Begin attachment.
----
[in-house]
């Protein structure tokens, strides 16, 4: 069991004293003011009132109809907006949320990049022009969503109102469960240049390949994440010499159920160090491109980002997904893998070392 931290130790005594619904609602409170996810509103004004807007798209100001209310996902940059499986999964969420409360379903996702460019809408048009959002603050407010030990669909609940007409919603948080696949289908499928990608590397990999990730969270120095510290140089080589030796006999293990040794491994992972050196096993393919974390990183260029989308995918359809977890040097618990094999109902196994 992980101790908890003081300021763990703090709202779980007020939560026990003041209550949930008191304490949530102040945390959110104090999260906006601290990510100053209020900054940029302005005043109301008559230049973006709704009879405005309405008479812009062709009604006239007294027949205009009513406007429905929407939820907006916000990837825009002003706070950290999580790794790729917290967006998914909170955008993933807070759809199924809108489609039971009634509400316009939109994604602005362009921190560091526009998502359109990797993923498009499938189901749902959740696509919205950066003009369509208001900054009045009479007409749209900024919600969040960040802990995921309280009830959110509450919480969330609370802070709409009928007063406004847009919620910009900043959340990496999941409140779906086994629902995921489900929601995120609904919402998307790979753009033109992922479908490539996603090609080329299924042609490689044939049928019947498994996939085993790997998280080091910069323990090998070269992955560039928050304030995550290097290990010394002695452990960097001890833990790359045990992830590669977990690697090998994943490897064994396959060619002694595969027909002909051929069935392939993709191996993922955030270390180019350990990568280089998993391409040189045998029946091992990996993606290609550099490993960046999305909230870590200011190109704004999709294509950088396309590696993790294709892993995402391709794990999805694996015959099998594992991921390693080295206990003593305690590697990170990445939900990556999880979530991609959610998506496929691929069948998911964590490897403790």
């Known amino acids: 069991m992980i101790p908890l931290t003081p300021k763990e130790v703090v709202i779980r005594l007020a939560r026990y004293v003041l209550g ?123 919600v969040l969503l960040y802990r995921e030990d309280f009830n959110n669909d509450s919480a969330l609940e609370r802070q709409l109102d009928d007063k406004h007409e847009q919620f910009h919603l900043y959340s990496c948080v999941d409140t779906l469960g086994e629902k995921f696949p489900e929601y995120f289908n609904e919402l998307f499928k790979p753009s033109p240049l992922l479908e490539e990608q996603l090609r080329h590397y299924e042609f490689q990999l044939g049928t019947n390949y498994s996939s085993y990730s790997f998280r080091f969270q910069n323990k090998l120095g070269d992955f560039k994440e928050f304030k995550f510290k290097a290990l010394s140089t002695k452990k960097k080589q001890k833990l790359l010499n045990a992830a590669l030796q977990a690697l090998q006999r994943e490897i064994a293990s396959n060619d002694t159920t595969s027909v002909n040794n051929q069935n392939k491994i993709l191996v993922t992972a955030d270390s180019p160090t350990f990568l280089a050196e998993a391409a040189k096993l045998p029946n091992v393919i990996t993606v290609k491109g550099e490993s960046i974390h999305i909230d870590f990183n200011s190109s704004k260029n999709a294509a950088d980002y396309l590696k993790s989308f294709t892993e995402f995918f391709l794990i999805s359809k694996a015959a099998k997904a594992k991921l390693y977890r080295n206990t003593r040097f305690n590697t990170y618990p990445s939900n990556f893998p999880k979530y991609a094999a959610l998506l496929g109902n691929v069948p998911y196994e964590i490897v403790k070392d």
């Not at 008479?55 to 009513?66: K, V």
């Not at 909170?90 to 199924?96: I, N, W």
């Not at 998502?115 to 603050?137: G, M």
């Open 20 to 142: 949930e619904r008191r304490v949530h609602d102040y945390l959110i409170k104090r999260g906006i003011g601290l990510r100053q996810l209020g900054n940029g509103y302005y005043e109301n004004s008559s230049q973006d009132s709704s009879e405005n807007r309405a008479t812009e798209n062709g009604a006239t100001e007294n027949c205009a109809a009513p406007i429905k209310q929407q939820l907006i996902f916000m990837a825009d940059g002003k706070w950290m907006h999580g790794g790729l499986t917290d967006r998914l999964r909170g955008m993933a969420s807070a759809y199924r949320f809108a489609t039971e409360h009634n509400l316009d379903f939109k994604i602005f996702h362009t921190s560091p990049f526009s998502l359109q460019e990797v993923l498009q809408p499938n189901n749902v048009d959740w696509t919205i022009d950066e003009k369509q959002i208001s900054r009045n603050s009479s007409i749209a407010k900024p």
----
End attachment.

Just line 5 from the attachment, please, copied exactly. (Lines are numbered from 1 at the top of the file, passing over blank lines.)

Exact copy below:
């Not at 909170?90 to 199924?96: I, N, W």